I just did this post about how to use a pressure cooker on my blog and thought it might be helpful here
I think I've decided that the pressure cooker/canner is one of the best inventions ever. You can take something that usually takes forever to cook and have it done in a fraction of the normal time. My mom had a pressure cooker but gave it away when I was little after a disaster in the kitchen. So I grew up always super nervous about these mysterious pressure cookers and horror stories that seemed to follow them.
My sweet husband knew that I was getting interested in cooking more and wanting to try pressure cooking. So for Mother's Day last year he got me this pressure cooker.
It was a great idea. It is electric so it takes out a lot of the guess work and has built in safety features which make it pretty impossible to screw up. It is great for a first timer. You pretty much just push buttons and leave it alone until it beeps at you.
I thought it would be nice to do a step-by-step of the process to help you feel more comfortable with the idea and hopefully encourage you to want to try it.
Clean the cooking pot and put it inside the pressure cooker. The nice thing about this pressure cooker is that the inside pot is non-stick so it is super easy to clean up. It's like the inside bowl of a rice cooker if you have ever used one of those.
Get the parts together for the lid. It comes with the outside lid, a rubber sealing ring (gasket), and a support cover for the sealing ring.
Assemble the lid parts by looping the rubber ring around the support cover then pushing it through the rubber grommet (rubber piece in the middle) onto the lid.
Dump your food inside. Today I am making black beans. They have already been rinsed and sorted. You can make so many things in a pressure cooker. Potatoes, artichokes, and meat roasts are all things I have tried and have been amazed at the amount of time it saves.
Dump in your water. All recipes for pressure cookers will call for a little water. The steam is what builds the pressure inside and cooks the food at such a high temperature so quickly.
Fit and twist the lid onto the cooker and add the pressure limit valve. Notice how the 2 dots line up? They need to. This is what controls the pressure. It doesn't lock into place. It just rests lightly because it needs to be able to move to release steam if the pressure gets too high. Also, this is where you manually release pressure when a recipe calls for the 'quick pressure release method'. I hold tongs and push the knob a little so I can stand far away from the hot steam that comes out.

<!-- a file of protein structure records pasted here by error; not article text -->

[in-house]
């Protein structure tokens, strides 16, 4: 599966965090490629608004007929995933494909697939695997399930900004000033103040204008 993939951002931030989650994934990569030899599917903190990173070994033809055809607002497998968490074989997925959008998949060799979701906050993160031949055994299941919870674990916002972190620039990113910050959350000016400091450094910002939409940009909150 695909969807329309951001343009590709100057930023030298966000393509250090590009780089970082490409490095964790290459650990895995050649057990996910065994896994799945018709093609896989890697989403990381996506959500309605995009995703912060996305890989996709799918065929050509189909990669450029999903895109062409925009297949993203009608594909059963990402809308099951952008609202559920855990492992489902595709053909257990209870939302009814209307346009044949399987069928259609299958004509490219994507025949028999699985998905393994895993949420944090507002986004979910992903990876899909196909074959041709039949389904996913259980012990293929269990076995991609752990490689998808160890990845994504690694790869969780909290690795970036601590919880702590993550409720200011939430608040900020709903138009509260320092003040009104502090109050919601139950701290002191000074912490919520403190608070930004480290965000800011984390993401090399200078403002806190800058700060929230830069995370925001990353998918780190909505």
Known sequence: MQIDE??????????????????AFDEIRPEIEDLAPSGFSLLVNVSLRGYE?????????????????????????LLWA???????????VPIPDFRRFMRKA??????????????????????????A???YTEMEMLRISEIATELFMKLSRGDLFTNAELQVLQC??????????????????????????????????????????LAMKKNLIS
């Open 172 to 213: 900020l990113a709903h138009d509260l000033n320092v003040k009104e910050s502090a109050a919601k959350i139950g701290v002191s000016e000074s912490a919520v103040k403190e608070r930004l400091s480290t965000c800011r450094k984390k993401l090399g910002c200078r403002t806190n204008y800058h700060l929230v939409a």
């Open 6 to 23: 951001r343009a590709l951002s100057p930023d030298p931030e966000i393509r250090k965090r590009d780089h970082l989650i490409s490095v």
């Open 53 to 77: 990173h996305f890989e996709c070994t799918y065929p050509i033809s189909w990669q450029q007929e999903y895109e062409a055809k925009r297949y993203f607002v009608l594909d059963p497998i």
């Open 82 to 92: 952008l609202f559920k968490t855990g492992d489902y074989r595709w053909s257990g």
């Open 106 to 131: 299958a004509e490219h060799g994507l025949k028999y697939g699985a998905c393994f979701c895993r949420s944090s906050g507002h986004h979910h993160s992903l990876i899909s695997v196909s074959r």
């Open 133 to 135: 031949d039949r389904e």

This red valve is the pressure indicator. It floats up to the top to let you know when there is pressure inside. Also, as long as the red float is up the machine will not let you unlock the lid or open it. This is one of the many safety features it has to prevent injuries.
Now's the easy part. Select High Pressure from the menu button and type in the time for how long your recipe says the food needs to cook. Unsoaked beans need 30-35 minutes. I want mine breaking apart and soft so I did 35 minutes. Hit Start.
The pressure cooker will build up pressure and once it is reached, the time will start counting down. You just need to sit back and relax with a good book.
See how the red pressure indicator is up? This means there is pressure inside.
8. Look at your recipe and see if it needs the quick pressure release or normal pressure release method. The normal pressure release method is the easiest. Once the timer beeps letting you know the cook time is over, the machine will start to drop the pressure by itself.
You just need to wait until the red pressure indicator is down. This usually takes 20-30 minutes.
Twist off the lid and look inside. Mmm it smells so good. Some food, like beans will need to be drained. Do that now.
Your food is done! Check back next week and you'll see what I made these beans for. It's one of my favorite ways to make my food healthier.
I hope now that you know how easy pressure cooking is that you will give it a try.
The Provident Princess
~Chronicling my adventures in rediscovering the lost arts of self-reliance and provident living: canning, preserving, food storage, budgeting, and emergency preparedness
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